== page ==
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HEALTH CARE: In His Annual Address, Obama Sounds a Familiar Note HEALTH CARE: In His Annual Address, Obama Sounds a Familiar Note HEALTH CARE: In His Annual Address, Obama Sounds a Familiar Note HEALTH CARE: In His Annua...

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Health Care / State of the Union: Analysis

HEALTH CARE: In His Annual Address, Obama Sounds a Familiar Note

One year after the passage of health reform, Obama says he's open to change -- just not too much.

President Obama can accept some changes to last year's health care overhaul. "Let me be the first to say that anything can be improved,” the president said during Tuesday's State of the Union address.(NICHOLAS KAMM/AFP/Getty Images)

photo of Matthew  DoBias
January 25, 2011

Updated at 8:34 a.m. on January 26.

President Obama told Congress in his State of the Union that he’s open to changing some parts of the nearly year-old health care law, but he underscored that lawmakers would need to use a scalpel -- not a machete.

“Now, I’ve heard rumors that a few of you have some concerns about the new health care law,” he said. “So let me be the first to say that anything can be improved.”

 

For Obama, it isn’t a new line, nor is it one that’s likely to cool critics of the reform package who are fighting it on Capitol Hill, in the nation’s statehouses, and in the courts. The president said he’s willing to quickly extract a provision that threatens to swamp small businesses in a morass of paperwork. That approach got traction Tuesday, when more than half of senators put their names on legislation to repeal that provision. In addition, Obama said that he’s willing to overhaul the nation’s medical liability laws -- something Republicans have championed for years.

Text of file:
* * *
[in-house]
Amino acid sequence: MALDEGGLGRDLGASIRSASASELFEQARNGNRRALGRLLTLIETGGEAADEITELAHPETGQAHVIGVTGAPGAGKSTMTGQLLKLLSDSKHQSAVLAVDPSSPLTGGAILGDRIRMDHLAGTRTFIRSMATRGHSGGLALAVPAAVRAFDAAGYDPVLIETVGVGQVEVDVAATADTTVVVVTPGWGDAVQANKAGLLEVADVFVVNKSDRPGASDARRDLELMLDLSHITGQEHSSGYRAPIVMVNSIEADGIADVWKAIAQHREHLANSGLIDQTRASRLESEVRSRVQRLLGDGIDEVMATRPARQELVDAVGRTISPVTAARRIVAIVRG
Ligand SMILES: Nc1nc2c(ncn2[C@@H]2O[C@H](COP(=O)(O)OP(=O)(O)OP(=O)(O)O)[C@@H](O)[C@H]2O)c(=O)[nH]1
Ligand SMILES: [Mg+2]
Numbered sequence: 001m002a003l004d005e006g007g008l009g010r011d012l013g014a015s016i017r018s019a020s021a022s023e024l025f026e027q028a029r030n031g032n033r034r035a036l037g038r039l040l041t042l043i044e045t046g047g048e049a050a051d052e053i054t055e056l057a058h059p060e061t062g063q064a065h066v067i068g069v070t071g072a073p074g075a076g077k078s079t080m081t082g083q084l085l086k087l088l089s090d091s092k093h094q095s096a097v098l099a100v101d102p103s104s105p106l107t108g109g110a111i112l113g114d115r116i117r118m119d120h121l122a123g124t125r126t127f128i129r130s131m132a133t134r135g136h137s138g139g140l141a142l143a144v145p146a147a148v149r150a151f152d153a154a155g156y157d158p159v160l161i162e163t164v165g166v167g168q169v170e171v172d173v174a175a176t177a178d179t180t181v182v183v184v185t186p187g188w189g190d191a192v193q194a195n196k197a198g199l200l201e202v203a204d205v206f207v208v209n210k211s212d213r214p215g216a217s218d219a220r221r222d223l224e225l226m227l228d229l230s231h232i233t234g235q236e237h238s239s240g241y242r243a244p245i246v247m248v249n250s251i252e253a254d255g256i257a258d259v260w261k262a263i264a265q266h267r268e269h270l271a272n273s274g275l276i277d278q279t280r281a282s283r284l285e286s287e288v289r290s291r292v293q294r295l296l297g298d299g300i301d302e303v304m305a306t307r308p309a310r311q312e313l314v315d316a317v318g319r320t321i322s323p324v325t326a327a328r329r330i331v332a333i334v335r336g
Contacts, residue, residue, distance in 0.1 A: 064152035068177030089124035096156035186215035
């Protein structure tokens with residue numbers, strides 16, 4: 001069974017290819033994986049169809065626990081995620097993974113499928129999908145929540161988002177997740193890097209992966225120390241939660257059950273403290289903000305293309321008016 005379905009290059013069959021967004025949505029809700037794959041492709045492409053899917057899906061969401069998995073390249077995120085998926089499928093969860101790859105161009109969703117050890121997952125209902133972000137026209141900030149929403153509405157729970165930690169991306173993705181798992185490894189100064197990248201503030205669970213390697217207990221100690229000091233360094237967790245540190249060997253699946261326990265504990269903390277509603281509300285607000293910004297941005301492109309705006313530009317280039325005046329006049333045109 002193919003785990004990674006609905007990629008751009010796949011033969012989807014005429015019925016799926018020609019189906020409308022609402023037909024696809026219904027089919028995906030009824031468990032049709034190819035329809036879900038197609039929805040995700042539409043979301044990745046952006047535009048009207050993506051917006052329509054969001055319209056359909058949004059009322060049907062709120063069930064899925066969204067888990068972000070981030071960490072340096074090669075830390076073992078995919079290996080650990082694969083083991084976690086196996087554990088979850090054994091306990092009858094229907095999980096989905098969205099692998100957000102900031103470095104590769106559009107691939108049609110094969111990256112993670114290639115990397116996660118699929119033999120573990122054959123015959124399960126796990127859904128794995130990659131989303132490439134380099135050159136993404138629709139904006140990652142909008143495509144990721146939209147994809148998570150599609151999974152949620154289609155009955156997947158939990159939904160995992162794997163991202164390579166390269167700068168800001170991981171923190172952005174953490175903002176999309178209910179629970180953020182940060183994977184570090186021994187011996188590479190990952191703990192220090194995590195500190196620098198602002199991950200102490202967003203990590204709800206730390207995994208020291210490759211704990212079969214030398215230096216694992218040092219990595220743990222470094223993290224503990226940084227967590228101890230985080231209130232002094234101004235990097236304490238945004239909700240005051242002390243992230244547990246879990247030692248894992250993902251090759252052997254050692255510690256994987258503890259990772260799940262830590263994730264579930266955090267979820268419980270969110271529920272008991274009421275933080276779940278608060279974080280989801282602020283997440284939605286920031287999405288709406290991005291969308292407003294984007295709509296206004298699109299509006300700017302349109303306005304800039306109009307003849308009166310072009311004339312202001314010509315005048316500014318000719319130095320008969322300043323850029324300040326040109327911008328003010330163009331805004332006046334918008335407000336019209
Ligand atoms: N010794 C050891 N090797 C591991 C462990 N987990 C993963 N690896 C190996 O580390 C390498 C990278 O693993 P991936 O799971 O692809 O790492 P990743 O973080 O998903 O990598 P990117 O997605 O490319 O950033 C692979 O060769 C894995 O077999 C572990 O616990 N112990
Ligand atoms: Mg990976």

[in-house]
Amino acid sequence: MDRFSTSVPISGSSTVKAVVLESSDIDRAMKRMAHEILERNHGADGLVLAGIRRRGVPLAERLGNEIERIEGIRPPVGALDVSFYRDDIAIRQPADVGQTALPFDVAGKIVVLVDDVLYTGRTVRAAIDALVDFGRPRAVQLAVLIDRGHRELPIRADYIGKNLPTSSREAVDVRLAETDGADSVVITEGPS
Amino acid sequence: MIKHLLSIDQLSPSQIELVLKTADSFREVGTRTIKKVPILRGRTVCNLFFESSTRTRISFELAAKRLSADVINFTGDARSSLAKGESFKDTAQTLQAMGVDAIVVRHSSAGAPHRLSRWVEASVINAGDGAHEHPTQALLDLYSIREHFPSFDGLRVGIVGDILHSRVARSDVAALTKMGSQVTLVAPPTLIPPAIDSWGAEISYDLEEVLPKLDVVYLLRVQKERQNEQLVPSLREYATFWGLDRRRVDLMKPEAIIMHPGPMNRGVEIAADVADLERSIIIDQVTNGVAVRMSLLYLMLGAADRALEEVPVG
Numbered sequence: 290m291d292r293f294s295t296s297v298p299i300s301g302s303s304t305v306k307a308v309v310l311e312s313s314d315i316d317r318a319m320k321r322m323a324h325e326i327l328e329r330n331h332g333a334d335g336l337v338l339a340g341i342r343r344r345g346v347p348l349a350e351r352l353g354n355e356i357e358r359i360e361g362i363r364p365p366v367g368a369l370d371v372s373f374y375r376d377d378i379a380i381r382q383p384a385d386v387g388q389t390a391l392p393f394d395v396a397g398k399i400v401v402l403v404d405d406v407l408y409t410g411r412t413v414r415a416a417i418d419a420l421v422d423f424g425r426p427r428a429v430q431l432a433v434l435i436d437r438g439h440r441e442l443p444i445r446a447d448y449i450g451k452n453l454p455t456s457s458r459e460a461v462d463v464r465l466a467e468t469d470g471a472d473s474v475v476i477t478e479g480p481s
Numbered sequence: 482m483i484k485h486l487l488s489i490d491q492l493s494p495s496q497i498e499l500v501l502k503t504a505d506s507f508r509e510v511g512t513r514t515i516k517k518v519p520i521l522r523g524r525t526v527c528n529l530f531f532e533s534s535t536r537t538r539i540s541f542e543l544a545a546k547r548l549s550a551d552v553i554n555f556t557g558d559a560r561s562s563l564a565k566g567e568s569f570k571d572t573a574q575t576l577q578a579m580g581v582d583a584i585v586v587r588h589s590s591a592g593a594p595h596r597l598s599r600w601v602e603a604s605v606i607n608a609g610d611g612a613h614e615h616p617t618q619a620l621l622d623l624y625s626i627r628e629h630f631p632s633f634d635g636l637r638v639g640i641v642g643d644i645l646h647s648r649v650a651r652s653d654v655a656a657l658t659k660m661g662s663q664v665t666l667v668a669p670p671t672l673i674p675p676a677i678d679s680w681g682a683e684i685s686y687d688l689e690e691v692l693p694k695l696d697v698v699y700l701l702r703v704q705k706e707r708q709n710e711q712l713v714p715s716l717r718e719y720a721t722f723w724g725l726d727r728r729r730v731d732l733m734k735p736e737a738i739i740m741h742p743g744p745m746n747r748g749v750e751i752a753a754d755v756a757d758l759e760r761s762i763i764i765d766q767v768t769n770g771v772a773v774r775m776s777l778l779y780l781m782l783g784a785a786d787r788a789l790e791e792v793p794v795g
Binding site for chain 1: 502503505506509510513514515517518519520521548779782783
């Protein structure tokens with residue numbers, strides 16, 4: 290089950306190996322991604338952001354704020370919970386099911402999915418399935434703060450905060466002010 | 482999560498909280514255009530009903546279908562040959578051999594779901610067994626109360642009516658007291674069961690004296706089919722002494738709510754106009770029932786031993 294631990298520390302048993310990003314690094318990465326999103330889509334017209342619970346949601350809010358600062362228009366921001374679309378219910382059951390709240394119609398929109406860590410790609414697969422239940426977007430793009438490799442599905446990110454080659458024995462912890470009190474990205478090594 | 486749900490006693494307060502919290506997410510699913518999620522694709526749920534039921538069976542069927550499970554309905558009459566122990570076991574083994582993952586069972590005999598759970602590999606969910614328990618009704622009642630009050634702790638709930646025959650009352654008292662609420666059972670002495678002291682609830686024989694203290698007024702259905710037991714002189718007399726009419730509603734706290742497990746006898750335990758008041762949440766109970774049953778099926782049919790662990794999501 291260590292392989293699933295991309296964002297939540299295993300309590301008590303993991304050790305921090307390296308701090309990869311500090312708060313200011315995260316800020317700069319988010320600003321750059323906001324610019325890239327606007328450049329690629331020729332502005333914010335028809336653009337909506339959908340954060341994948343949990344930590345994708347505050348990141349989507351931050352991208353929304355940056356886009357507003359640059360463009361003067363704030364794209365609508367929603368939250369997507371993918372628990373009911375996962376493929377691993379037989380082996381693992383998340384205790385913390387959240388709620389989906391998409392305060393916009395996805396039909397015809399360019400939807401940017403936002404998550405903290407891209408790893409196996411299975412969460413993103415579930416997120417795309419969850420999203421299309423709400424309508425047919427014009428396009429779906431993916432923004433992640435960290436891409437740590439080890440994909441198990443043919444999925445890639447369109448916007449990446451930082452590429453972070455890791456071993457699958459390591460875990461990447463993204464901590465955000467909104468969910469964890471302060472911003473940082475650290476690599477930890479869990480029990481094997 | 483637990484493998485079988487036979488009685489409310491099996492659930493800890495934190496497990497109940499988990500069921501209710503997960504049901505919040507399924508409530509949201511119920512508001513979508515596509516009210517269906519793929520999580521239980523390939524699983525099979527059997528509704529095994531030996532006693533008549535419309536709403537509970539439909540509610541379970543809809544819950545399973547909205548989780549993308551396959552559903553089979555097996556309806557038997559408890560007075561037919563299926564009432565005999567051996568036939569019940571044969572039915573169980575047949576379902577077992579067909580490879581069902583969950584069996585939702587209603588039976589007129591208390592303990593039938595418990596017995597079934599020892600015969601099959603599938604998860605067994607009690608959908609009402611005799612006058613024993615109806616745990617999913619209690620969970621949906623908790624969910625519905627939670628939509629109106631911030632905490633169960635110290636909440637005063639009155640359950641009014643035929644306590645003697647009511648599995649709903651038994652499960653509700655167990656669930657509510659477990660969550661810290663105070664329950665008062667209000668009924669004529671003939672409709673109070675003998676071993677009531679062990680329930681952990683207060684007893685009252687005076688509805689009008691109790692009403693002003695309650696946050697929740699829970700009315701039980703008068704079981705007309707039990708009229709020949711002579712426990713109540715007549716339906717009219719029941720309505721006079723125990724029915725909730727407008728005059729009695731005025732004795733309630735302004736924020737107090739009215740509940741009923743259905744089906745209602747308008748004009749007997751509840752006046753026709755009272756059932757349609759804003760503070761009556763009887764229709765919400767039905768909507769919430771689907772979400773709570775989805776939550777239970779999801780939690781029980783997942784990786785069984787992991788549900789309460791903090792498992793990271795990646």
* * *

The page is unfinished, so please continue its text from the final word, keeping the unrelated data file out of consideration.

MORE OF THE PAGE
But Obama also reiterated that he would not budge on the core provisions of the law, especially those aimed at overhauling the private health insurance industry.

“So I say to this chamber tonight: Instead of re-fighting the battles of the last two years, let’s fix what needs fixing and let’s move forward,” he said.

Republicans, of course, will take Obama up on that offer -- and then some. If he is willing to give an inch, the danger comes from critics of the reform law who instead want to take a mile.

Last week, House Republicans voted to completely roll back Obama’s signature domestic achievement. Not one day later, GOP leaders instructed their newly minted majority to begin work on a replacement package, one with a decidedly rightward tilt.

The vote to repeal the law and then replace it with a Republican one was as choreographed as it was telegraphed by Republicans in the run-up to the November elections. The GOP won the House as unabashed champions of overturning the law. Party leaders have made it clear that they’ll continue to try.

Last year, Obama played the role of salesman-in-chief. His health care package had stalled on Capitol Hill, and there was genuine concern that Democrats would not be able to kick-start it. Republican Scott Brown of Massachusetts had just won the Senate seat occupied by the late Democratic Sen. Edward Kennedy, skewing the vote margins in the Senate and siphoning away the Democrats’ filibuster-proof margin.

At the time, the president urged members of his own party to stand firm: “Don’t walk away from reform. Not now. Not when we are so close.”

One year later, it’s a message that still resonates.

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